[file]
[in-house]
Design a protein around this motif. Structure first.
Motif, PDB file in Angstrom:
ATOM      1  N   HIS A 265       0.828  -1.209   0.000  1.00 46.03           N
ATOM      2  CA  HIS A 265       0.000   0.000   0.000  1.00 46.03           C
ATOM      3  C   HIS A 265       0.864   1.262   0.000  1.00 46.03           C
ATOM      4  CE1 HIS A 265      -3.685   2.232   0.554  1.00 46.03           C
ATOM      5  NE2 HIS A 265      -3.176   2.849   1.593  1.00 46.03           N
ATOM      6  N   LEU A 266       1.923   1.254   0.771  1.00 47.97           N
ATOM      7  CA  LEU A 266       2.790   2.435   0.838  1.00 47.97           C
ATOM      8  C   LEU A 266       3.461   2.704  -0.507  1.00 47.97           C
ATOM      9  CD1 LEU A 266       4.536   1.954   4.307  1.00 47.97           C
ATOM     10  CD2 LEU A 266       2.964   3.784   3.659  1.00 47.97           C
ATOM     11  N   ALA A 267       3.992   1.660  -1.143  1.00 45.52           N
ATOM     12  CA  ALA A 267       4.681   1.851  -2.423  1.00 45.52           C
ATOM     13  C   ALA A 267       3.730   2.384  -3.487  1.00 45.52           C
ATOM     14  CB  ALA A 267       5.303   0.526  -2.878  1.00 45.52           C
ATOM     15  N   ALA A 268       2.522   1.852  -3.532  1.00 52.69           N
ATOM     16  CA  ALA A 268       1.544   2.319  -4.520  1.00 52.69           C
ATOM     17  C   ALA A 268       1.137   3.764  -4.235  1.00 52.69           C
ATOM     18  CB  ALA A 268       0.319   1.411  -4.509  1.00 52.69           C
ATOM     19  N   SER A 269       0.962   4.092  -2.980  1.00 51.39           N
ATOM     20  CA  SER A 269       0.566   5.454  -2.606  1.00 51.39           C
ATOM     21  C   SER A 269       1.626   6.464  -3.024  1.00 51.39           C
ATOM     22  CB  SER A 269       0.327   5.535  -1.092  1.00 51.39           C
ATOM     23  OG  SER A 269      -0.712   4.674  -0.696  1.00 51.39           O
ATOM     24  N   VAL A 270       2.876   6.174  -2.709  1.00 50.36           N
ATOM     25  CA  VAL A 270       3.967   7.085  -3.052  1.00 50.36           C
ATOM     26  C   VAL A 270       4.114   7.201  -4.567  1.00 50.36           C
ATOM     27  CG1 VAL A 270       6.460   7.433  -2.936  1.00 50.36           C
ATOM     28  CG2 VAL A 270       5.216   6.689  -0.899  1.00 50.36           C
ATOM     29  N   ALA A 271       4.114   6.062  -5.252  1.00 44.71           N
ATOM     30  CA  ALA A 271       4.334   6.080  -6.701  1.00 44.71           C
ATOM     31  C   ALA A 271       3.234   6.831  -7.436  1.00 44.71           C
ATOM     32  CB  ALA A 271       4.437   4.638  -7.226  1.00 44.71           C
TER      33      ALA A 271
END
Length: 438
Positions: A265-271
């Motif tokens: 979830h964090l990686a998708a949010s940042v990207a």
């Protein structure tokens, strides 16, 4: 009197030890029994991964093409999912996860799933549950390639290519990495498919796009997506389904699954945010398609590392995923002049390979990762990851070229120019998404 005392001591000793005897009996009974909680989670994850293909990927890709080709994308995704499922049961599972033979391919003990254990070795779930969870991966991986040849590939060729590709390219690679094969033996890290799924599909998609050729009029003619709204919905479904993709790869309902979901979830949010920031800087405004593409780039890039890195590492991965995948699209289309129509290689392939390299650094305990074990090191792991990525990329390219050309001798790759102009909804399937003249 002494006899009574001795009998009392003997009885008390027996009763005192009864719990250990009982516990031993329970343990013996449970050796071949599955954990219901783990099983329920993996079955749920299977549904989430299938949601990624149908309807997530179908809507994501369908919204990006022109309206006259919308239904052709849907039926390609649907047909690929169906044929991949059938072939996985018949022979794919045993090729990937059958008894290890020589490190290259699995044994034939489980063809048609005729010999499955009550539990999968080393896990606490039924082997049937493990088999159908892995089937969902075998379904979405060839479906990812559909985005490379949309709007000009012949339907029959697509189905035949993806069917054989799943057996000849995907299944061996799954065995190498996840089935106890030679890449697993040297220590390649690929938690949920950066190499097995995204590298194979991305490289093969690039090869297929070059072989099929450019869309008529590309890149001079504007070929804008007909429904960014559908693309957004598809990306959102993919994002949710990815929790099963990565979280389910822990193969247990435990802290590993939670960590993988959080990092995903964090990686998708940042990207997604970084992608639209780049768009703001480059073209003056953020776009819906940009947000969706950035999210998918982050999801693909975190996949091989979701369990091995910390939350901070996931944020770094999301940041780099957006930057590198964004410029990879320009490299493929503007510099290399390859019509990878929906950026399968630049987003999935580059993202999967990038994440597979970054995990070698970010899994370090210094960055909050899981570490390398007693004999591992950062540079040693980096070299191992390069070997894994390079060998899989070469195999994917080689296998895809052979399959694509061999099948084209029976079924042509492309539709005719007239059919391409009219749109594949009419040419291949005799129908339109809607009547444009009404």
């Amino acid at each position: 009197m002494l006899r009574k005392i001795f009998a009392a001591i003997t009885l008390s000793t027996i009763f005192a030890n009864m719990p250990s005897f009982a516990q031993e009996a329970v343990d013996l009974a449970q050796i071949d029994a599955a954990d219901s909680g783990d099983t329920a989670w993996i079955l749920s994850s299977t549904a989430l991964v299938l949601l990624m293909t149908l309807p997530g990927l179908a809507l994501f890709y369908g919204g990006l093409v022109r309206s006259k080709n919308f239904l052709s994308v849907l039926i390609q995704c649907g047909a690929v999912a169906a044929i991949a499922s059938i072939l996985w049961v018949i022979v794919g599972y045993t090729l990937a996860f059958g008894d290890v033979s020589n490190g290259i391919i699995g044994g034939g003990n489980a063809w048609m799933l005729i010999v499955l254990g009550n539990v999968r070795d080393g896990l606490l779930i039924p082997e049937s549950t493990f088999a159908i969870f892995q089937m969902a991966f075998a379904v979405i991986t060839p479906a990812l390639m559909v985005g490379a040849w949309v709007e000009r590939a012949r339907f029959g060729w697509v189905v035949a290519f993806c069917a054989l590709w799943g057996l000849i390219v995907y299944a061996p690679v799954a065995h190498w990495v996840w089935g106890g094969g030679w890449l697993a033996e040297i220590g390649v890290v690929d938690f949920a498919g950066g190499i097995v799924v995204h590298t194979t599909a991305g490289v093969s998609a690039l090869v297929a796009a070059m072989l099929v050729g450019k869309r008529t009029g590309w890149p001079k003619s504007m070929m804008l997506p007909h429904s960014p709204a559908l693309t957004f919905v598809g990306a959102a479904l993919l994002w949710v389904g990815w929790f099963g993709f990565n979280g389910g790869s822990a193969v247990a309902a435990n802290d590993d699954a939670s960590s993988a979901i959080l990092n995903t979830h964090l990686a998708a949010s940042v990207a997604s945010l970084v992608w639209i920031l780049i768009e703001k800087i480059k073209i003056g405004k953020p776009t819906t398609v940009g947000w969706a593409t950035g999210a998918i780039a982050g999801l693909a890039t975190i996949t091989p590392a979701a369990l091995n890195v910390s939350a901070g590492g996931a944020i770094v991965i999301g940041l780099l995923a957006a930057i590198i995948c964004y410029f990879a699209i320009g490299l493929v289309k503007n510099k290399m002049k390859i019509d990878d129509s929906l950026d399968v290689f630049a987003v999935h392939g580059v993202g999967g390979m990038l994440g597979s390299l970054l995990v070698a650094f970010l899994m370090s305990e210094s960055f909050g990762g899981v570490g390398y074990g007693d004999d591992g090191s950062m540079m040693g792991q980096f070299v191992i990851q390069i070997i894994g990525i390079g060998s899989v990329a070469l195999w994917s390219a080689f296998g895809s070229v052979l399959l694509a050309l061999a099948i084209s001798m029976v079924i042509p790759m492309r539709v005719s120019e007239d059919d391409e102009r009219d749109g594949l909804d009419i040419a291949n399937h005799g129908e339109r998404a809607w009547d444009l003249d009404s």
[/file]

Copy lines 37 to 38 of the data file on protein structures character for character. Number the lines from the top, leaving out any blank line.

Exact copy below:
END
Length: 438